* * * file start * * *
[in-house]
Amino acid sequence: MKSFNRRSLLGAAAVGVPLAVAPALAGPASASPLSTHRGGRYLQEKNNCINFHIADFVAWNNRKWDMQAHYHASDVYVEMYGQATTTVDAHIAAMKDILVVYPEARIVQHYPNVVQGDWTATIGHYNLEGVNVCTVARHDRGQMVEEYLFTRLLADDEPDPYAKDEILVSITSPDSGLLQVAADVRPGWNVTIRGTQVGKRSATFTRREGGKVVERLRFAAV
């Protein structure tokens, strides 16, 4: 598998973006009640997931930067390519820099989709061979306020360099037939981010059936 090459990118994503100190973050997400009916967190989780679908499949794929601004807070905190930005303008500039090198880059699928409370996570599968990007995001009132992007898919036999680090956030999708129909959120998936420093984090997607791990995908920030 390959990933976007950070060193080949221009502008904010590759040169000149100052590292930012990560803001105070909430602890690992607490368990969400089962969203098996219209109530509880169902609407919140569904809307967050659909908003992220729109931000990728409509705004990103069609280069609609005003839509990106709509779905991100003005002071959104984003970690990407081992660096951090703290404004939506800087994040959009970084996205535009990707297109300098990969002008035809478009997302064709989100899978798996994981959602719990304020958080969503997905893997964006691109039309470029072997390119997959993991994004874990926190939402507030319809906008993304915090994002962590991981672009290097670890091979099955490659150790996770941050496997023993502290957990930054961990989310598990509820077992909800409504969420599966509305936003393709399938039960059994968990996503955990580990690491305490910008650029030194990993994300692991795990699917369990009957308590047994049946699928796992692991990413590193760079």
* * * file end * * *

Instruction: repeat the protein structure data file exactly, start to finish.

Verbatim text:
[in-house]
Amino acid sequence: MKSFNRRSLLGAAAVGVPLAVAPALAGPASASPLSTHRGGRYLQEKNNCINFHIADFVAWNNRKWDMQAHYHASDVYVEMYGQATTTVDAHIAAMKDILVVYPEARIVQHYPNVVQGDWTATIGHYNLEGVNVCTVARHDRGQMVEEYLFTRLLADDEPDPYAKDEILVSITSPDSGLLQVAADVRPGWNVTIRGTQVGKRSATFTRREGGKVVERLRFAAV
């Protein structure tokens, strides 16, 4: 598998973006009640997931930067390519820099989709061979306020360099037939981010059936 090459990118994503100190973050997400009916967190989780679908499949794929601004807070905190930005303008500039090198880059699928409370996570599968990007995001009132992007898919036999680090956030999708129909959120998936420093984090997607791990995908920030 390959990933976007950070060193080949221009502008904010590759040169000149100052590292930012990560803001105070909430602890690992607490368990969400089962969203098996219209109530509880169902609407919140569904809307967050659909908003992220729109931000990728409509705004990103069609280069609609005003839509990106709509779905991100003005002071959104984003970690990407081992660096951090703290404004939506800087994040959009970084996205535009990707297109300098990969002008035809478009997302064709989100899978798996994981959602719990304020958080969503997905893997964006691109039309470029072997390119997959993991994004874990926190939402507030319809906008993304915090994002962590991981672009290097670890091979099955490659150790996770941050496997023993502290957990930054961990989310598990509820077992909800409504969420599966509305936003393709399938039960059994968990996503955990580990690491305490910008650029030194990993994300692991795990699917369990009957308590047994049946699928796992692991990413590193760079």